Back in the days of Windows Phone, we'd often see all kinds of creative ways to interact with apps and services that we either didn't have or had sub-par support for.
Learning from those days, I love to poke around on the web and see what interesting third-party projects are out there that do something exciting or improve my experience in something I use daily. Spicetify is exactly that: it makes the Spotify app for Windows just a little bit better.
It also scratches my itch to open up a terminal to do things, so there's that. But Spicetify is simple to use, has extensive documentation, and will add a few tweaks to the Spotify Windows app that you might like — notably custom themes.
Before we begin
A quick note before going much further. Obviously, anything done to your Spotify app is at your own risk, though nothing in Spicetify will require you to enter login details. It simply injects its goodness into your existing application.
You'll also want to be running the version downloaded directly from Spotify for best effect, as the version through the Microsoft Store has more limited support. So, if you want to try this stuff for yourself, it's best to make sure you get that version first.
Installing Spicetify is a breeze
Installing Spicetify is straightforward, with the documentation telling you everything that you need to know. Essentially, you copy a command and paste it into a PowerShell window on your PC, and it'll do the rest. The project is also hosted on GitHub if you want to go and have a nose at what makes it tick.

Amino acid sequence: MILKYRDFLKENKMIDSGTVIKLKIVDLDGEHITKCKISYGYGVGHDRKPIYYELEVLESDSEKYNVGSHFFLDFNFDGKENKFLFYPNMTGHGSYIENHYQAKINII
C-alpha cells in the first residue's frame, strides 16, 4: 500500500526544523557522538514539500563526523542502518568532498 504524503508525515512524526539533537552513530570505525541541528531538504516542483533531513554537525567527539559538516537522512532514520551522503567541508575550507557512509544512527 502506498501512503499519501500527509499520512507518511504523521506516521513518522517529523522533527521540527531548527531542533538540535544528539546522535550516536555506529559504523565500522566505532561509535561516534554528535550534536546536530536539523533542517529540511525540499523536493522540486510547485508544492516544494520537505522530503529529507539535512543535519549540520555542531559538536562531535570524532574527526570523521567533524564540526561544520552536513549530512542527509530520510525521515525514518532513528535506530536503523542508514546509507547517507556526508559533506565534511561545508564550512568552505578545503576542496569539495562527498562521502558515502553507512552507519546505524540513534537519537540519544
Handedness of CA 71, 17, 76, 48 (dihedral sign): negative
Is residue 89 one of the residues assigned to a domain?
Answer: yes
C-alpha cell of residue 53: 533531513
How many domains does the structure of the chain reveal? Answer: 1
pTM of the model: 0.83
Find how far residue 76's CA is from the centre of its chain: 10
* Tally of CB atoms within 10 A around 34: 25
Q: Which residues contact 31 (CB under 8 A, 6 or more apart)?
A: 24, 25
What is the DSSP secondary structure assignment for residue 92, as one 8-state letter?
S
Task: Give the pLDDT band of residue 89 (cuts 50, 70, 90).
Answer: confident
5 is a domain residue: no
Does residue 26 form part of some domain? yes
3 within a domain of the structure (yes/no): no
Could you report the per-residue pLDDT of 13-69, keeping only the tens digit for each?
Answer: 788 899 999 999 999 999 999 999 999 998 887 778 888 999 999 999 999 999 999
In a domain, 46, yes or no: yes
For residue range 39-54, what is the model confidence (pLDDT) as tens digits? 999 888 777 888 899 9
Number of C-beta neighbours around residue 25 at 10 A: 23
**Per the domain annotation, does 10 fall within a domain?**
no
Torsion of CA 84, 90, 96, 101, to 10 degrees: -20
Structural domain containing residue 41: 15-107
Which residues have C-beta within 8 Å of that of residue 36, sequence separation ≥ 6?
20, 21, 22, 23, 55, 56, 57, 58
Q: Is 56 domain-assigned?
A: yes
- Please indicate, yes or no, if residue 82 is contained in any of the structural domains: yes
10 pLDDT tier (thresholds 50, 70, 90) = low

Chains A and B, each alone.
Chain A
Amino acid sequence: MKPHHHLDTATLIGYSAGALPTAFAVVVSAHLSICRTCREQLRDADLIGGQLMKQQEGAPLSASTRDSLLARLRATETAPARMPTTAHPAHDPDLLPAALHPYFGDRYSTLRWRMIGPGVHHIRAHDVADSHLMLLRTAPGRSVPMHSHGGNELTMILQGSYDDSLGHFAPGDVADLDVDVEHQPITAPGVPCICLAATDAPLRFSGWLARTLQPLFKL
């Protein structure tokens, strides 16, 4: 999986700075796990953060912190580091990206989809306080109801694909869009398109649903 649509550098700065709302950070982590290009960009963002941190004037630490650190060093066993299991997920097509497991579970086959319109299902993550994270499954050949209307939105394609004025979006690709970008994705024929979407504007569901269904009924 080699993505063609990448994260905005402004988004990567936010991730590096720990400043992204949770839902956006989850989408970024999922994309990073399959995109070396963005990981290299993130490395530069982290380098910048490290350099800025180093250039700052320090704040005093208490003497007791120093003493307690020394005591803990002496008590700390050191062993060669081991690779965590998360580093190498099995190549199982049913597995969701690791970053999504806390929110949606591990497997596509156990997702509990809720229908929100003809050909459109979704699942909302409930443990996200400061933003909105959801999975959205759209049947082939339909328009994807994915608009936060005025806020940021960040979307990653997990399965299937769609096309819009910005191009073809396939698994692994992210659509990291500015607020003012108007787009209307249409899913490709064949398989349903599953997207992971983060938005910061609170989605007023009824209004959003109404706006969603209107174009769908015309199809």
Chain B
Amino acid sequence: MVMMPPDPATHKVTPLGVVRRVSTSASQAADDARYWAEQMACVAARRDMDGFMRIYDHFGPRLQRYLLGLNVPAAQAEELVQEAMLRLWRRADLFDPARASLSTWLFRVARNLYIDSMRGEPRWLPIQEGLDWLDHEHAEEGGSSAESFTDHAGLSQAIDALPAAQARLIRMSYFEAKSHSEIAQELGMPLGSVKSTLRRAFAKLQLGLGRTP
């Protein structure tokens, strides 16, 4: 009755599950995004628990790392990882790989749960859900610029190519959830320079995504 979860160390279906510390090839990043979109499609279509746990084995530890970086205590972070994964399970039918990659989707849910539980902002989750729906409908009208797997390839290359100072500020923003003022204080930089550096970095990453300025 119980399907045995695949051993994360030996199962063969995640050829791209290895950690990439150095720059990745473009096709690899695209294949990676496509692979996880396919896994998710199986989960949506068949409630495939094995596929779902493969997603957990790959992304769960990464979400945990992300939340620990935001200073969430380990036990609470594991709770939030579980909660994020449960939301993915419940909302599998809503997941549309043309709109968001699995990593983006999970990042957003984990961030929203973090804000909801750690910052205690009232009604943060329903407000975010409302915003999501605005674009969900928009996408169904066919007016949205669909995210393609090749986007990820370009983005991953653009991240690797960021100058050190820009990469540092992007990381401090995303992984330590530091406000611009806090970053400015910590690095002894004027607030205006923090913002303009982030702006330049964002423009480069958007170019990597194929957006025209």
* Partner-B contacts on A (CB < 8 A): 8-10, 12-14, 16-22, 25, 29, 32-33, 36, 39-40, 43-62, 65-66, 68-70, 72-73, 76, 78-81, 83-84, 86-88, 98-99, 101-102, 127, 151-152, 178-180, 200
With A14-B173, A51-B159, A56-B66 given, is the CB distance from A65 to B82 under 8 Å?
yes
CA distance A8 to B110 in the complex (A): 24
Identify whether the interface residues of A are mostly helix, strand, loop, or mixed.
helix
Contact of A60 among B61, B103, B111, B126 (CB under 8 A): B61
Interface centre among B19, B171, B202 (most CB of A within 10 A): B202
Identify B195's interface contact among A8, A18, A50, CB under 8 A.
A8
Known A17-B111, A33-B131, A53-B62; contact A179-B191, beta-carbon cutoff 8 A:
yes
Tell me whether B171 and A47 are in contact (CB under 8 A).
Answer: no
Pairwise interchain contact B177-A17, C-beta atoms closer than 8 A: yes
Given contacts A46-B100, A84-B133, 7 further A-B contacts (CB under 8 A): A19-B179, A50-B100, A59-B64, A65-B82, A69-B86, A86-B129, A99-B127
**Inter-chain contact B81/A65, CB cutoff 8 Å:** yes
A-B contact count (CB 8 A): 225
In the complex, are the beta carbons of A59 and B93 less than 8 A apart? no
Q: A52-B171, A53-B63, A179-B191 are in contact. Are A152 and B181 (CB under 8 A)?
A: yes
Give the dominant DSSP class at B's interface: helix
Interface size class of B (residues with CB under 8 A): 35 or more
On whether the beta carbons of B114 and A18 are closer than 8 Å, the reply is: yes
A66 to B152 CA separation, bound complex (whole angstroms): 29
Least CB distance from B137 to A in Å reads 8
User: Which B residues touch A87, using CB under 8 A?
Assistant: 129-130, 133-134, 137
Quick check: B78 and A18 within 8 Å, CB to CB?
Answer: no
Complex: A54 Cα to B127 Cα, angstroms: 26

There are alternative methods, including the Windows Package Manager, but I went down the copy/paste route to install the prebuilt binary since it's the recommended method.
The magic command you need is as follows:
iwr -useb https://raw.githubusercontent.com/spicetify/spicetify-cli/master/install.ps1 | iex
I also installed the marketplace when prompted, as it's supposed to give you access inside the Spotify client to the custom themes and extensions, but it doesn't seem to work with the current version of the app. So you don't really need to worry about this part.
The next thing to do is simply to enter the command spicetify into the terminal and run it. This initializes everything and creates the all-important config file. Besides actually needing this, the config file can be used to make changes with Spicetify without having to run commands in the terminal all the time.
Using Spicetify to theme the Spotify app
One of the main reasons you might think about using Spicetify at all is to add a custom theme to your Spotify app. The stock colors look OK, but who doesn't like to add their own flair?
If adding a theme is where you'll end your use of this tool, then using the terminal isn't a bad way to go about it (I'll talk more about the config file later.)
Spicetify has a list of a bunch of themes that have already been built for Spotify, with a great selection available in its own official repository. To add this to your PC, you will need to have Git installed. If you don't and need a pointer, I've written a guide on how to get started with Git on Windows.
Run the following command in PowerShell to get the themes downloaded to your PC:
git clone --depth=1 https://github.com/spicetify/spicetify-themes.git
You then need to put them into the necessary themes folder, which you can do like this:
cp * "$(spicetify -c | Split-Path)\Themes\" -Recurse
Once this is all set up, you can apply a theme using the terminal with this command. In this example, I'm using the "Matte" theme, but you would substitute that for the theme of your choice.
spicetify config current_theme matte